2. Have transferred the audio files to my gadgets, only started listening to first part of The Adventures of Tom Sawyer. I like the narration voices, so far so good. 🙂

    Btw, I also bought 1 copy of National Geographic Living English (same creators behind Black Cat). It’s non-fiction with topics such as volcanoes; comes with DVD video and audio files. Quite informational too.


  3. Hi Mvie-great, as long as we parents think it is worth to purchase for books and CDs …… I will try find out National Geography Living English, I remembered had a quick glance of that in Smart Kid’s exhibition, would select few topics later on…….thanks.


  4. Thanks to you on recommending the bookstore. Now my hubby remembers that he used to frequent this bookstore (Singapore branch) when he was young.

    One of my reasons for homeschooling Vee is to save on exorbitant private preschool classes and purchase our own educational learning materials, which can be used for many years and on several children.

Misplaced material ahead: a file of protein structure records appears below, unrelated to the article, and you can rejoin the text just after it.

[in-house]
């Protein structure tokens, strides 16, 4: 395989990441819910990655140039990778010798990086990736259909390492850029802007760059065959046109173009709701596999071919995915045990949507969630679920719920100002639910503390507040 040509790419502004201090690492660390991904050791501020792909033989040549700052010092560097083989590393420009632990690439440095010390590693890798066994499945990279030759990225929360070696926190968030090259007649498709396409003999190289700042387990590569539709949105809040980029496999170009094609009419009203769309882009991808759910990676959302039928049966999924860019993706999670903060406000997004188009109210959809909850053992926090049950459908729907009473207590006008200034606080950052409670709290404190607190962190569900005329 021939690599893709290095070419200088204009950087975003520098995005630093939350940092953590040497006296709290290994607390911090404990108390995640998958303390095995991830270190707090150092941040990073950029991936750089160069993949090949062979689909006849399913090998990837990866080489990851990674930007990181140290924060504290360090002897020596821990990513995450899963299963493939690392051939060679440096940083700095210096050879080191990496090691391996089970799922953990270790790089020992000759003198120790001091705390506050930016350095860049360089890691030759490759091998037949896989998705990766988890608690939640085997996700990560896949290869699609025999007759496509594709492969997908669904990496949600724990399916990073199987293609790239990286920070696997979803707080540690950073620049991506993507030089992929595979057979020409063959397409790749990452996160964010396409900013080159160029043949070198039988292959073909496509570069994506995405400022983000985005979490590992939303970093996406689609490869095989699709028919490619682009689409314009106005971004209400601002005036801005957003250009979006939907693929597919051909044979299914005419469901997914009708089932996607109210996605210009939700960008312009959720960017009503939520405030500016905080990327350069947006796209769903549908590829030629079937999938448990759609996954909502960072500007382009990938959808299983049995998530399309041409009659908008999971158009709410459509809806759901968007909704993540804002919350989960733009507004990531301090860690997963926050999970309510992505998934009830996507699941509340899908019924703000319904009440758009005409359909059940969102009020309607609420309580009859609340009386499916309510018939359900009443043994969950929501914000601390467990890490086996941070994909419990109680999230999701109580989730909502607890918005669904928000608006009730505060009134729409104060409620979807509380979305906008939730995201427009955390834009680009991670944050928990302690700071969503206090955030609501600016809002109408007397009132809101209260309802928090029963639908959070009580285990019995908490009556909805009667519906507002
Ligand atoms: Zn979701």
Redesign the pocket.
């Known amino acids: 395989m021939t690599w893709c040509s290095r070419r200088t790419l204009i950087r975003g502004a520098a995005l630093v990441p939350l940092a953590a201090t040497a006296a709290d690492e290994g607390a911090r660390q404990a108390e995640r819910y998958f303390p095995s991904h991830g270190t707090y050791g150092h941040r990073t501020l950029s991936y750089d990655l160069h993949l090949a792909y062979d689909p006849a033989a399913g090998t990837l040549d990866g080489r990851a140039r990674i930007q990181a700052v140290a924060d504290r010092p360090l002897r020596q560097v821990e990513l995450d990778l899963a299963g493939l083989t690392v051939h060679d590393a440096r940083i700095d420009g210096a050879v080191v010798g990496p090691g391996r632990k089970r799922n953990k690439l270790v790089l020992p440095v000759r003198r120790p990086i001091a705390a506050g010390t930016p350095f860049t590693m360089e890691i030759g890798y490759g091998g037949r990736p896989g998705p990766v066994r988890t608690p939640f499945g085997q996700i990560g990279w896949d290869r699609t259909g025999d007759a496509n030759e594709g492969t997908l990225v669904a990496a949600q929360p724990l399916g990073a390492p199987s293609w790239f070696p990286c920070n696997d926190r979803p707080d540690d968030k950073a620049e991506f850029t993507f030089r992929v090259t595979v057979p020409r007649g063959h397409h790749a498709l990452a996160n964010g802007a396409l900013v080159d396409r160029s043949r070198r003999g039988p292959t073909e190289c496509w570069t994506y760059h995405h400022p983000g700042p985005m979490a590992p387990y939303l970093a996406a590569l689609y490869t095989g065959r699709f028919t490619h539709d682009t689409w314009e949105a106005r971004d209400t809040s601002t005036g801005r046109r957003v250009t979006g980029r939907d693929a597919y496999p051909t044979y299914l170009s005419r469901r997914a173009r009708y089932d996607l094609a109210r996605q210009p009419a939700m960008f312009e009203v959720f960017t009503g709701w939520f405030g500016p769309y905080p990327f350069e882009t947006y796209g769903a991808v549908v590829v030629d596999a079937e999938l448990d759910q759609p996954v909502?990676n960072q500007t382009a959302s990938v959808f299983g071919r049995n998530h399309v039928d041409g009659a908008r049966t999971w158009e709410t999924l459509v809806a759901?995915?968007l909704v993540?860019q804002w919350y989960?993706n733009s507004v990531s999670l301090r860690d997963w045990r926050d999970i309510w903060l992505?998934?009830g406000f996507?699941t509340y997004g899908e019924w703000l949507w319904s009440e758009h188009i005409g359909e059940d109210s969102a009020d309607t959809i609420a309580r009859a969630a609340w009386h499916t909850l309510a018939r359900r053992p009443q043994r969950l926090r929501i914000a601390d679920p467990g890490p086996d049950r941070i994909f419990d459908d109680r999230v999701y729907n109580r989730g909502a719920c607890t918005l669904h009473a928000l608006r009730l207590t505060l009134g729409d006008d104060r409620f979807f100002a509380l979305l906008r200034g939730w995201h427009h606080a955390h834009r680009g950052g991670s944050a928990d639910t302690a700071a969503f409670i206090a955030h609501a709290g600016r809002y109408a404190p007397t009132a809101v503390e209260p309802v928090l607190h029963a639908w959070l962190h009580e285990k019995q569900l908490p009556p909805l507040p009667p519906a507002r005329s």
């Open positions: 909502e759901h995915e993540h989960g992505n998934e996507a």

5. Hi MVie- Homeschool at age between 0-6 still I think is my right move, exorbitant fee is unavoidable nowadays even homeschool !!!!!!! My main gripe with preschool is its learning isn’t aligned to pace but age, topic chosen isn’t crucial, and I believe none of the school would allocate an hour’s time to teach to kids on mummy in Egypt…..so interesting and important, but because we parents carry more weights on test results and not so much of imparting knowledge…so, we end up doing activity aren’t essential but still need to swallow all, after all we mother still their best teacher in life.


  6. Yes, homeschooling isn’t cheap indeed. Yet we get to keep the materials for re-referencing and pass them down to younger or other children. The one-to-one or one-to-few attention at home is very precious to the child.

    Ha… just recently, we spent 1+hour sitting INSIDE an interesting book (that opens up like a big cage enclosure) exploring jungle animals.

    If the mum is interested in educating the child and can manage, this is a wonderful option indeed.